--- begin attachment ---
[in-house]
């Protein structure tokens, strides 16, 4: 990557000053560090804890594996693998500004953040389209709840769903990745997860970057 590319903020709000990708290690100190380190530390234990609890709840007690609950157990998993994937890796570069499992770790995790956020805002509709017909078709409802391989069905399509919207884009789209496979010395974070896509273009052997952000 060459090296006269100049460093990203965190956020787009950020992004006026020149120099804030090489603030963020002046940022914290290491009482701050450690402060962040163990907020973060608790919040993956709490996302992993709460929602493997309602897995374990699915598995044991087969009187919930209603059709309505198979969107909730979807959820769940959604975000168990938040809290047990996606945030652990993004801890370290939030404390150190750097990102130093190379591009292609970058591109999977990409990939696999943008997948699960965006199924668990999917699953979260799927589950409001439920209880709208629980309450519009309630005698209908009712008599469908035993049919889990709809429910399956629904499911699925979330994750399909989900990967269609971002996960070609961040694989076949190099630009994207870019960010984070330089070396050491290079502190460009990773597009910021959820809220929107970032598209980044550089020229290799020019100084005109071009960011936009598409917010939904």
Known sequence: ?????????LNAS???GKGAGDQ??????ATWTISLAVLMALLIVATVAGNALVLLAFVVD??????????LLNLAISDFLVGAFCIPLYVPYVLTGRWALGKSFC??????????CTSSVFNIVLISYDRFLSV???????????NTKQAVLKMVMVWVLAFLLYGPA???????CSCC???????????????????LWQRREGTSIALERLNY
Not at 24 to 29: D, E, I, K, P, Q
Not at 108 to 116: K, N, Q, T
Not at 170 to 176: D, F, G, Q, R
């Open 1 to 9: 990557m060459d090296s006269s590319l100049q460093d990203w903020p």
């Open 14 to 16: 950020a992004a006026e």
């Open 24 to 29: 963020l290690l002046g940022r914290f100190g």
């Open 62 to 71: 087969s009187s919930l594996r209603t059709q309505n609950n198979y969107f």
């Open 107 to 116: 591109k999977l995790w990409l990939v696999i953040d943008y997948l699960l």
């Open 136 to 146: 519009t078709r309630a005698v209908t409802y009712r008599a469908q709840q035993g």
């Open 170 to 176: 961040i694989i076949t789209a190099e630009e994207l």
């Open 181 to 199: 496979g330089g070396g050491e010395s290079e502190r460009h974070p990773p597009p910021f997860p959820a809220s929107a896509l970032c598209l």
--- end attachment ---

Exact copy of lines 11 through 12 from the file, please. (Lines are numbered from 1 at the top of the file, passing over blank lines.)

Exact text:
């Open 107 to 116: 591109k999977l995790w990409l990939v696999i953040d943008y997948l699960l």
């Open 136 to 146: 519009t078709r309630a005698v209908t409802y009712r008599a469908q709840q035993g």